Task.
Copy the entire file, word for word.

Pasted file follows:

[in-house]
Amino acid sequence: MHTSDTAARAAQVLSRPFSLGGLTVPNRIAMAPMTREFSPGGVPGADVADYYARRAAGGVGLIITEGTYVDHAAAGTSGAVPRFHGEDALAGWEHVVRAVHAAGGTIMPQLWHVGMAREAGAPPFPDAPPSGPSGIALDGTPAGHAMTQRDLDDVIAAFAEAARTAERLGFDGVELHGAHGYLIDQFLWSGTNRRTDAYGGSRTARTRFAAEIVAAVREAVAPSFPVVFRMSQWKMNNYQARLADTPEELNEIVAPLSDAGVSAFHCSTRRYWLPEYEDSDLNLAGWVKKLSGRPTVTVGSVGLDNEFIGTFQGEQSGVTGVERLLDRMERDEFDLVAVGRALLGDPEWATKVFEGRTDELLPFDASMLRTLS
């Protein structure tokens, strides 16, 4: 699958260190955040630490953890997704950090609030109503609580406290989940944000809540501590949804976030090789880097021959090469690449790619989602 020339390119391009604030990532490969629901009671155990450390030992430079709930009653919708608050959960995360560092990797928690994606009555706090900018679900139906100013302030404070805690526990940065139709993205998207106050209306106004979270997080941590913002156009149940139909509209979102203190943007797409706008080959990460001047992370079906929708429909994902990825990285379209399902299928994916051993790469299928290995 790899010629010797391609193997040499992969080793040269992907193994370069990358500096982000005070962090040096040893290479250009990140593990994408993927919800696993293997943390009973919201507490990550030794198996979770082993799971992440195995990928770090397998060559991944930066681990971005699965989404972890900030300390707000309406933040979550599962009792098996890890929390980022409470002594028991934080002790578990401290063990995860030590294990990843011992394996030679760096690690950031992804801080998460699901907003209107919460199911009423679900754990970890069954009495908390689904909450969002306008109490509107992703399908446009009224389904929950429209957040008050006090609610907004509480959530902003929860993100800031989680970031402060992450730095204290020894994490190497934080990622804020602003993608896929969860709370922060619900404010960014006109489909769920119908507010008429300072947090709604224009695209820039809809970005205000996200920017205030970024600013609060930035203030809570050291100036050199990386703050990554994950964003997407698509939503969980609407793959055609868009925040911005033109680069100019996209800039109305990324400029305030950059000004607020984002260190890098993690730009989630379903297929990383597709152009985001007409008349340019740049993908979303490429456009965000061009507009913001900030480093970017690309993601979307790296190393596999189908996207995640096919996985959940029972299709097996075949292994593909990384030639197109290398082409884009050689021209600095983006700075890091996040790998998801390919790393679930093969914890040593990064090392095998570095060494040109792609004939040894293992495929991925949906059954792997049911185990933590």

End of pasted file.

[in-house]
Amino acid sequence: MHTSDTAARAAQVLSRPFSLGGLTVPNRIAMAPMTREFSPGGVPGADVADYYARRAAGGVGLIITEGTYVDHAAAGTSGAVPRFHGEDALAGWEHVVRAVHAAGGTIMPQLWHVGMAREAGAPPFPDAPPSGPSGIALDGTPAGHAMTQRDLDDVIAAFAEAARTAERLGFDGVELHGAHGYLIDQFLWSGTNRRTDAYGGSRTARTRFAAEIVAAVREAVAPSFPVVFRMSQWKMNNYQARLADTPEELNEIVAPLSDAGVSAFHCSTRRYWLPEYEDSDLNLAGWVKKLSGRPTVTVGSVGLDNEFIGTFQGEQSGVTGVERLLDRMERDEFDLVAVGRALLGDPEWATKVFEGRTDELLPFDASMLRTLS
């Protein structure tokens, strides 16, 4: 699958260190955040630490953890997704950090609030109503609580406290989940944000809540501590949804976030090789880097021959090469690449790619989602 020339390119391009604030990532490969629901009671155990450390030992430079709930009653919708608050959960995360560092990797928690994606009555706090900018679900139906100013302030404070805690526990940065139709993205998207106050209306106004979270997080941590913002156009149940139909509209979102203190943007797409706008080959990460001047992370079906929708429909994902990825990285379209399902299928994916051993790469299928290995 790899010629010797391609193997040499992969080793040269992907193994370069990358500096982000005070962090040096040893290479250009990140593990994408993927919800696993293997943390009973919201507490990550030794198996979770082993799971992440195995990928770090397998060559991944930066681990971005699965989404972890900030300390707000309406933040979550599962009792098996890890929390980022409470002594028991934080002790578990401290063990995860030590294990990843011992394996030679760096690690950031992804801080998460699901907003209107919460199911009423679900754990970890069954009495908390689904909450969002306008109490509107992703399908446009009224389904929950429209957040008050006090609610907004509480959530902003929860993100800031989680970031402060992450730095204290020894994490190497934080990622804020602003993608896929969860709370922060619900404010960014006109489909769920119908507010008429300072947090709604224009695209820039809809970005205000996200920017205030970024600013609060930035203030809570050291100036050199990386703050990554994950964003997407698509939503969980609407793959055609868009925040911005033109680069100019996209800039109305990324400029305030950059000004607020984002260190890098993690730009989630379903297929990383597709152009985001007409008349340019740049993908979303490429456009965000061009507009913001900030480093970017690309993601979307790296190393596999189908996207995640096919996985959940029972299709097996075949292994593909990384030639197109290398082409884009050689021209600095983006700075890091996040790998998801390919790393679930093969914890040593990064090392095998570095060494040109792609004939040894293992495929991925949906059954792997049911185990933590």